Implementing large-value transfer systems to support the development of interbank markets is another priority in the countries of the former Soviet Union. These large-value transfer systems do not need to be sophisticated and expensive. They can be based initially on identification of “large-value” transfers early in the payment stream and expedited handling, even for paper-based instruments. This approach is being followed in the Russian Federation. The large-value transfer system will help reduce credit float, thereby increasing the liquidity of the banking system and economy generally. It is a necessary condition to the establishment of an efficient interbank funds market and, as noted below, a market for government securities.

A small number of countries, including the Russian Federation and the Kyrgyz Republic, have implemented book-entry securities clearing systems to handle new issues and secondary market trading of their countries’ government securities. Such systems need to be developed promptly in virtually all countries that are issuing their own currencies. In the Russian Federation, a delivery-versus-payment system for Russian Government securities based on prepayment for securities has been organized outside the central bank by a private clearinghouse with the approval of the central bank. In the Kyrgyz Republic, the system is operated by the National Bank of Kyrgyzstan. Clearly, the basis now exists for implementing such systems widely, and each country should develop a delivery-versus-payment system that supports final payment for purchases of government securities in central bank money.

Conclusions

The payment system in a modern market economy is a specialized apparatus that the banking system is well-suited to provide. Experience has shown that there are common principles underlying the operation of both developed and developing market-based payment systems. They include the importance of low inflation in the domestic currency, the need for clarity in the monetary regime and legal framework, accommodation of the cash and credit management needs of economic actors, a sound technical infrastructure, sound supervision, and reliance on central bank money to achieve final interbank settlement. Outstanding issues remain, including the appropriate division of labor between the central bank and commercial banks in the operation of the interbank payment system, reliance on real-time versus gross settlement for large-value interbank transactions, and the extent of the investment needed to back up critical operational components of the payment system.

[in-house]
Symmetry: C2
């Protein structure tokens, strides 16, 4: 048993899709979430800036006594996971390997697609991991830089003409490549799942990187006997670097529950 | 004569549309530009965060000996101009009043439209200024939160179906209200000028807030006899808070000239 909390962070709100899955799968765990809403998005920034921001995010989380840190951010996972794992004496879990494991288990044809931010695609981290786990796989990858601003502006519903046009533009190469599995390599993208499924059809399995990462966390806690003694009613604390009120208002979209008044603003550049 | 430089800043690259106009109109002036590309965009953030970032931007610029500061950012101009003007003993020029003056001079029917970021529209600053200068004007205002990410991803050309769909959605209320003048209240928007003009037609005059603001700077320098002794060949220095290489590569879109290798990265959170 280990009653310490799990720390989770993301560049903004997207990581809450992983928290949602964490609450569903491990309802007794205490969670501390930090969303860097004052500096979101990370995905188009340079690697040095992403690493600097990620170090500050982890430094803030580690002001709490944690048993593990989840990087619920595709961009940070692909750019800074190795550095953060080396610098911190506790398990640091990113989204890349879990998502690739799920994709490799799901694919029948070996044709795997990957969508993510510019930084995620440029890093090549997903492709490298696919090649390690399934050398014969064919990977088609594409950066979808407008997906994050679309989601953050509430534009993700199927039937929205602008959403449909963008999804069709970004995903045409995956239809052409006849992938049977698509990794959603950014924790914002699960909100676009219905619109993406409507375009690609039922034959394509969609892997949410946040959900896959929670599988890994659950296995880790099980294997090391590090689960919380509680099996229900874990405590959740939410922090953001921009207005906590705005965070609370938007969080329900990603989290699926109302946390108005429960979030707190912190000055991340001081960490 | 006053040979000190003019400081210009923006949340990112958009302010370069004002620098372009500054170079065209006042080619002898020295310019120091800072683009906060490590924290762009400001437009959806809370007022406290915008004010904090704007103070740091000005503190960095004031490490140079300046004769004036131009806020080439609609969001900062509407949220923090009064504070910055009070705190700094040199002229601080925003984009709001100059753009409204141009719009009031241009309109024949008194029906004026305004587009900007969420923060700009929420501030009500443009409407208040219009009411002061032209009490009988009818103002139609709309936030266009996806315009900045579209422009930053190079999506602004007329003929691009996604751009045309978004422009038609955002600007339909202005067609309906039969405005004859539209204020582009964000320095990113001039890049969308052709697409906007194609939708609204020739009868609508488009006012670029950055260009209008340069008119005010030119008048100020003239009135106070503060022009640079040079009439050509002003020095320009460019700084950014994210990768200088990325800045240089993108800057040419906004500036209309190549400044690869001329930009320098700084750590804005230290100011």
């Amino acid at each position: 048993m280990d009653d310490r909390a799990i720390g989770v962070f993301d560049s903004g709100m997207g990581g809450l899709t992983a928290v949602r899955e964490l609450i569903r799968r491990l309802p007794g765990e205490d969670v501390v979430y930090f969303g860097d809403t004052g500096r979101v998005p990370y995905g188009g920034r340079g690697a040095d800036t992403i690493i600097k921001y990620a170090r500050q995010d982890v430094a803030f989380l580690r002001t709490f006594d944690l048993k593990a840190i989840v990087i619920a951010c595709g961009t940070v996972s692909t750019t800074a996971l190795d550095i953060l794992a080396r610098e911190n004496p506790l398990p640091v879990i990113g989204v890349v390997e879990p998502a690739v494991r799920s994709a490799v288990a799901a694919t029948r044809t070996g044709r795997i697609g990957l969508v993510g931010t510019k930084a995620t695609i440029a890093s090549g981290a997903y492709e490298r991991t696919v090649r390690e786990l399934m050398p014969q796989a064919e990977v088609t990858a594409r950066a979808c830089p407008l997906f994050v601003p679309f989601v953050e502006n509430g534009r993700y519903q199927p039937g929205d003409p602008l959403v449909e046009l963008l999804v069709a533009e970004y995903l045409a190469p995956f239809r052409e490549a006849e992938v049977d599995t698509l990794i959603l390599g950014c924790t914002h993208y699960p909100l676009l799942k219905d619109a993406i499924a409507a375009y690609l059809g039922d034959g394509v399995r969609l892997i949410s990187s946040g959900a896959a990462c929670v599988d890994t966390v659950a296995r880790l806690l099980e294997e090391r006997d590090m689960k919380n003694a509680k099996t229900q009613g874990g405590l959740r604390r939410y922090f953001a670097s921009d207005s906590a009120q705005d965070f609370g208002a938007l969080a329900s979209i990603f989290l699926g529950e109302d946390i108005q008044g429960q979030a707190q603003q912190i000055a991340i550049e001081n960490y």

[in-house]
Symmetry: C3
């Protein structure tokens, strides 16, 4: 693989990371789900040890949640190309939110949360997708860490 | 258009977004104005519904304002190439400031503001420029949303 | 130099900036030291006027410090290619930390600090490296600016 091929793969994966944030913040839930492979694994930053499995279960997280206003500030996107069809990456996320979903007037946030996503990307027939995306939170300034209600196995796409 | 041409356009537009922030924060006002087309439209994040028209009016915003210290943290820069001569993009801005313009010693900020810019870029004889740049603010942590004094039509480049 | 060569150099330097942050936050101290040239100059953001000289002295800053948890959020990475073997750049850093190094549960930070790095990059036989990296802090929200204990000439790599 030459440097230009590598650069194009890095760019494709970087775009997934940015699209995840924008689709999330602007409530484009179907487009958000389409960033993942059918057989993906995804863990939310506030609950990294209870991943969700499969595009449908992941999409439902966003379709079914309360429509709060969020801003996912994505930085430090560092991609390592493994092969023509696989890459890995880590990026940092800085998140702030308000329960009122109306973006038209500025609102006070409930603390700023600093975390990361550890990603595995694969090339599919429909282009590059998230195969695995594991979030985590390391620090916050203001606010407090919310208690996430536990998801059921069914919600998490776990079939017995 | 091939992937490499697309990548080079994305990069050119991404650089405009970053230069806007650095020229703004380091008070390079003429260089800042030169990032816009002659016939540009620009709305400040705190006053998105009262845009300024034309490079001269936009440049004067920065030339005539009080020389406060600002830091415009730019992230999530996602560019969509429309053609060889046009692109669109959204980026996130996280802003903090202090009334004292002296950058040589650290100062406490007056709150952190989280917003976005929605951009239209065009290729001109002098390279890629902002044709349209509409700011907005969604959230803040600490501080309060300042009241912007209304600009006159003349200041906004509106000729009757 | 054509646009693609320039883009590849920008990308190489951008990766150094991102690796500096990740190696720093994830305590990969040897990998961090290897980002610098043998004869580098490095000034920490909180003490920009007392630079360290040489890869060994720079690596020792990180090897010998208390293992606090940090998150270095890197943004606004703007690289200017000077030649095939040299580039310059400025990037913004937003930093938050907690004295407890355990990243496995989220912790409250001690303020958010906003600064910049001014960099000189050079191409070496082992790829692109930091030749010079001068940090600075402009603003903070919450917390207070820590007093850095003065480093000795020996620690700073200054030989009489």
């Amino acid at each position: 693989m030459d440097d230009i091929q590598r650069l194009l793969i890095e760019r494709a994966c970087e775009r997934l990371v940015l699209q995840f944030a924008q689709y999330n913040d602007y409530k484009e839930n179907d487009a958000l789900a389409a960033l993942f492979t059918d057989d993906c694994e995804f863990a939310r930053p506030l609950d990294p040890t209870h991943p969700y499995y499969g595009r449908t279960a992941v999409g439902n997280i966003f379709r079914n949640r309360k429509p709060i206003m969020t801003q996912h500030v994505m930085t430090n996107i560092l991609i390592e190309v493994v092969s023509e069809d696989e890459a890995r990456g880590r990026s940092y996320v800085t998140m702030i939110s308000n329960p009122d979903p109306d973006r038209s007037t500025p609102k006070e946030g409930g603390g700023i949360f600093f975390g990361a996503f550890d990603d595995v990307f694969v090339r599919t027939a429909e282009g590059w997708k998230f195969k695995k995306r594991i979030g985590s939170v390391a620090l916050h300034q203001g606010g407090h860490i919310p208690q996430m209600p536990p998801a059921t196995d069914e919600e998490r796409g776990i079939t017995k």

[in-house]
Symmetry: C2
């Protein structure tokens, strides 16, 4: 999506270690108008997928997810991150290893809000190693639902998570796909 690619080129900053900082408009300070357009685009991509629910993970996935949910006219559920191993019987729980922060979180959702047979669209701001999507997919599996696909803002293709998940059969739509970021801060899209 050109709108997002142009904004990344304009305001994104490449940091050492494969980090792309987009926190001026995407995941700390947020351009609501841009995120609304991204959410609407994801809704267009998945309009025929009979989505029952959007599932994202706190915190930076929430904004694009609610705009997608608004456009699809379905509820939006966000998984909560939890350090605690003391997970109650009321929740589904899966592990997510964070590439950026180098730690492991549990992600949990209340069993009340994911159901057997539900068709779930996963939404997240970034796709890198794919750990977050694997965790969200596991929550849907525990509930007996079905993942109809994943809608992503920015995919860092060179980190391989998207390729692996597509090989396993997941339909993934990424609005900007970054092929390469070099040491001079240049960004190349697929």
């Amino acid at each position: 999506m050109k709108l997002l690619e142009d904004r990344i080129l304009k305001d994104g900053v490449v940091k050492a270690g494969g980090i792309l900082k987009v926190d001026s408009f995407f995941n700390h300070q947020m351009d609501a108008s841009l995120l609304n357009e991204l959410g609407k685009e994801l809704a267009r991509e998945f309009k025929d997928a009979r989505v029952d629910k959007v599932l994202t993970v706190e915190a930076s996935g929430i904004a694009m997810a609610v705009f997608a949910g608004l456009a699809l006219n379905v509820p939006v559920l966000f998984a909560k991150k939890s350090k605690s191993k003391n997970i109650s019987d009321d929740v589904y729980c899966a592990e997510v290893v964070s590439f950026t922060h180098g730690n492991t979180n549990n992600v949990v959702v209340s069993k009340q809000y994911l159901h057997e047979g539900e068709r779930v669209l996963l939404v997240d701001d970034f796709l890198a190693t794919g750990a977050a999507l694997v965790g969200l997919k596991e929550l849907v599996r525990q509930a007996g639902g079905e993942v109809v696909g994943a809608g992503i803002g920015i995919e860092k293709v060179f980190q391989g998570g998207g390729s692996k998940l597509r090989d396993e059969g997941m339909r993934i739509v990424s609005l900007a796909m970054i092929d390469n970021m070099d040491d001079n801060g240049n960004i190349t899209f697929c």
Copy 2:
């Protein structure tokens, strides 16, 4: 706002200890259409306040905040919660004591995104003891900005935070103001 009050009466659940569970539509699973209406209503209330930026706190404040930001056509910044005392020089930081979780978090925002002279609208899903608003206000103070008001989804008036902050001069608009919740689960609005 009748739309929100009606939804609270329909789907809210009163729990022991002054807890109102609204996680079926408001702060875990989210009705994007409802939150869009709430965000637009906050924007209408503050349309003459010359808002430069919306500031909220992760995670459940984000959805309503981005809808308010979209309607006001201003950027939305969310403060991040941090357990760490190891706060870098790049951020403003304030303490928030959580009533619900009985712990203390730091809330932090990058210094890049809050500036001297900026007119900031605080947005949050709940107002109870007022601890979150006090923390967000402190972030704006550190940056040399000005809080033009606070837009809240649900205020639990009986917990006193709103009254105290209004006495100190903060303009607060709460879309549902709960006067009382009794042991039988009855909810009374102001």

The countries of the former Soviet Union are well on their way to reforming their payment systems along the lines of a market model; considerable work remains to be done, however. Key choices focus on some of the issues summarized above. The design decisions that are made and the way these decisions are implemented will play an important part in these countries’ transition to market-style economies.

1

This discussion is based on a presentation made by the author at the Bank for International Settlements on November 7, 1993.

2

See Bruce J. Summers, “The Developing Payment System in Russia,” Payment Systems Worldwide, Summer 1993.

3

V. Sundararajan and Gabriel Sensenbrenner, “Linkages Between Payment System Reforms and Monetary Policy—The Recent Experience in the Russian Federation and Other Newly Independent States,” paper presented at the Sixth Central Banking Seminar of the International Monetary Fund, March 1–10. 1993.